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What impact is the economic slowdown having on China’s building and design market and on your office there?
We did experience a moderate slowdown for four months in the spring and early summer of 2012, and it did start to make us a little nervous. We didn’t have any projects completely stop. We did have projects whose schedules slowed down. That has really reversed itself. Before we had to do anything radical, things perked up. The slowdown evenly affected government work and private-sector work, and they have both started up again. We’ve secured several new jobs, and existing clients that had kind of been holding back have started to accelerate. Now, we’re back to being very, very busy. I’m not seeing storm clouds. I’m seeing a lot of opportunity.
[contextly_sidebar id=”fe424817fc98adc9750b0c46d3cd7129″]Do you work mostly with the private sector or with the government?
Now, it is 50-50. Originally, our work was primarily government companies. We were a little nervous about that because we didn’t want all our eggs in one basket. The government-run companies are generally huge with tremendous bureaucracies and a lot of approval processes. And, in government companies, there is a pattern where they move people around on a regular basis, so there are always new people reviewing projects. That can be very difficult if you’re designing and you sell your ideas and you get buy-in from someone and the next leader comes along and he wants to start over. That’s the downside. The upside is you know the government is not going to go broke.
We thought it was good to try to work for some private developers that we thought would be more nimble, and that we would be able to have a stronger, more enduring, long-term relationship with the same individuals during the course of a project.
Who at your company is handling this work?
I’ve moved three very senior people from the U.S. who had worked for me for a long time to China. I’m actually going to move another senior person from the states over there, a designer, to try to keep up the quality of what we are doing. They’re principal-level, top talent and very senior designers. All four of them also do business development as part of their jobs. These are all people who have worked for me for 10 years before they moved to China, and three of them are Chinese-born or educated and worked as architects in China. So, they understand both our firm’s culture and what I expect in terms of design as well as the culture of the Chinese people. That’s a very good balance for us.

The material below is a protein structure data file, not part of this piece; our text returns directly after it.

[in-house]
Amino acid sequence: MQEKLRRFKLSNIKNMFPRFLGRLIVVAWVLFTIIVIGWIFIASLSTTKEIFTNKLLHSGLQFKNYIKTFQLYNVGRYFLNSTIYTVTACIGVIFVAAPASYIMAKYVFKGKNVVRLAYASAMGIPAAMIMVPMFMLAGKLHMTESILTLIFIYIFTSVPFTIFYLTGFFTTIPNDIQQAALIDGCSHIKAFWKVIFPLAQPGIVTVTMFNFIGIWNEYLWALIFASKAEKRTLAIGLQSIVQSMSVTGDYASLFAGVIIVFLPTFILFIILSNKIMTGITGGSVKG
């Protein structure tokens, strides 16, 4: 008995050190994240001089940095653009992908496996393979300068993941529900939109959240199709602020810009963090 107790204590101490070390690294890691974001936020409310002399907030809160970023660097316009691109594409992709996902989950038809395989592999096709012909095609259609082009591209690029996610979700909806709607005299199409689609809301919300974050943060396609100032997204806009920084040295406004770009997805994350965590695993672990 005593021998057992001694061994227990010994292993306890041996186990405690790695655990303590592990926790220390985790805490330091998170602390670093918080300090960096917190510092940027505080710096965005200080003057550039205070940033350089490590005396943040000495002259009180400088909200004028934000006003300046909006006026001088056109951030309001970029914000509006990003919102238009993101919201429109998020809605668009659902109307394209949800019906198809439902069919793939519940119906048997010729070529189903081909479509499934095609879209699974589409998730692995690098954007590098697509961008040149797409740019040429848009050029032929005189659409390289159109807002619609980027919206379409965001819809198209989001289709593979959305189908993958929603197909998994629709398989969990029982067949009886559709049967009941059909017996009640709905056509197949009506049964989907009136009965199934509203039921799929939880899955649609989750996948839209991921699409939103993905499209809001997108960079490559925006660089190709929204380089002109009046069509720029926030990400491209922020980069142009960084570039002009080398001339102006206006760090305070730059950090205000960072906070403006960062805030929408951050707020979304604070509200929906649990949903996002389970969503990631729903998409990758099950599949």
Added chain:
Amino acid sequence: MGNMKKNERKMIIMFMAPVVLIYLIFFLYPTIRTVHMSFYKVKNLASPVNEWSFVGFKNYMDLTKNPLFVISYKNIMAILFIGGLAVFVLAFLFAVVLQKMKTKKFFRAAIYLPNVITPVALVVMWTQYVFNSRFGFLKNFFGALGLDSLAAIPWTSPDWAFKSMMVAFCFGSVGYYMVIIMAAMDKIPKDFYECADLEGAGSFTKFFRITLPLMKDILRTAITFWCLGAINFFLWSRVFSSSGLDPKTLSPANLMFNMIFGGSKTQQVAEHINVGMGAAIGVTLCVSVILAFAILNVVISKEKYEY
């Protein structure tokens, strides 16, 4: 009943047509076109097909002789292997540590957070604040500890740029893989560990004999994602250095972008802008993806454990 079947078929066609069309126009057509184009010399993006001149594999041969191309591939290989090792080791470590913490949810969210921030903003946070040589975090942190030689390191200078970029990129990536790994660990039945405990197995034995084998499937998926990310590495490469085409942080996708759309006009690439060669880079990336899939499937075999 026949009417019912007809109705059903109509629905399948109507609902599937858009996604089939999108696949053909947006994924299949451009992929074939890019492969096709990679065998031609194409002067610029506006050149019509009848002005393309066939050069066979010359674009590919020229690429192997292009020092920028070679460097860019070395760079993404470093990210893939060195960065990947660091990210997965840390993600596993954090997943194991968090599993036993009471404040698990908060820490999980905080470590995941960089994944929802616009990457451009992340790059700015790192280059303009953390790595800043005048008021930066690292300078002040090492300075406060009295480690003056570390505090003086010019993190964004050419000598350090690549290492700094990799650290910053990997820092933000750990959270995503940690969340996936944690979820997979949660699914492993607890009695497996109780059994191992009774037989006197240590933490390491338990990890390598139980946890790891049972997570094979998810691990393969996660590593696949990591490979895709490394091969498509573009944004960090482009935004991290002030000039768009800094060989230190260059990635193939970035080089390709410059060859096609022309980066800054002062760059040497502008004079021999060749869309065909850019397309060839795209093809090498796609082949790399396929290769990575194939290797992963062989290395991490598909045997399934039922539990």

Do you work with local Chinese firms?
We have to. We as a foreign firm are not allowed to stamp and sign the construction documents in China. Every project we do has a local Chinese firm that in the end is going to do the construction documents and sign and stamp the legal drawings. Sometimes we pick those partners; other times the developers chose them independently of us. What we do insist is that we have a contract after our design work is complete to review and oversee their work and to make sure it is consistent with our design content.
What new business markets is your company pursuing in China?
Two markets that I see starting to emerge that we’re very strong in are the educational market and senior housing market. There is a phenomenal need to deal with their aging population. The country has had a one-child policy for several decades, and there are not enough children to take care of this aging population and the government has recognized that.
There is now an emerging market like there is here to provide different types of senior housing. The most popular housing for the elderly we’re experiencing here in the United States is a continuing-care retirement community that allows people to age in place and receive increased levels of service as they age without having to move to another environment. We recently have been hired to do one of the first CCRC’s in China on an island about 30 minutes out of Shanghai that I hope will really set the tone for this kind of housing in China.
The other market that I see as very strong is the academic market. That has not really fully taken off in China but is about to, and that is another strong area of our expertise.
Photos of Rob Steinberg by Chad Ziemendorf